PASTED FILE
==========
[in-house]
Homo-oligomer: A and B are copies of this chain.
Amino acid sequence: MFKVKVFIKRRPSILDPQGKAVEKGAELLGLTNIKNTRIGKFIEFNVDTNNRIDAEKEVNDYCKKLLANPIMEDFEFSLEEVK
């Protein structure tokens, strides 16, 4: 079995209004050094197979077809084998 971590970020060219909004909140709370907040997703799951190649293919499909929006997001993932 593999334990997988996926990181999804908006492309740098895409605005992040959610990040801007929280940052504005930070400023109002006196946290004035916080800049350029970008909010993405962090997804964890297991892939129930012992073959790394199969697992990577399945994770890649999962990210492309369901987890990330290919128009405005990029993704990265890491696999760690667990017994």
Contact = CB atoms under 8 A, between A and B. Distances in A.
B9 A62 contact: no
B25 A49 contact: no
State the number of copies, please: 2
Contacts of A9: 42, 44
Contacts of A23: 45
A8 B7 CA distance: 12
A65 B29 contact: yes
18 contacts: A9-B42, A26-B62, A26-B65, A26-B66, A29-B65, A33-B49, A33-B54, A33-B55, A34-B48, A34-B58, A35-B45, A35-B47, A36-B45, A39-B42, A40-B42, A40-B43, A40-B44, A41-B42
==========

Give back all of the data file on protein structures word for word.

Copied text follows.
[in-house]
Homo-oligomer: A and B are copies of this chain.
Amino acid sequence: MFKVKVFIKRRPSILDPQGKAVEKGAELLGLTNIKNTRIGKFIEFNVDTNNRIDAEKEVNDYCKKLLANPIMEDFEFSLEEVK
């Protein structure tokens, strides 16, 4: 079995209004050094197979077809084998 971590970020060219909004909140709370907040997703799951190649293919499909929006997001993932 593999334990997988996926990181999804908006492309740098895409605005992040959610990040801007929280940052504005930070400023109002006196946290004035916080800049350029970008909010993405962090997804964890297991892939129930012992073959790394199969697992990577399945994770890649999962990210492309369901987890990330290919128009405005990029993704990265890491696999760690667990017994």
Contact = CB atoms under 8 A, between A and B. Distances in A.
B9 A62 contact: no
B25 A49 contact: no
State the number of copies, please: 2
Contacts of A9: 42, 44
Contacts of A23: 45
A8 B7 CA distance: 12
A65 B29 contact: yes
18 contacts: A9-B42, A26-B62, A26-B65, A26-B66, A29-B65, A33-B49, A33-B54, A33-B55, A34-B48, A34-B58, A35-B45, A35-B47, A36-B45, A39-B42, A40-B42, A40-B43, A40-B44, A41-B42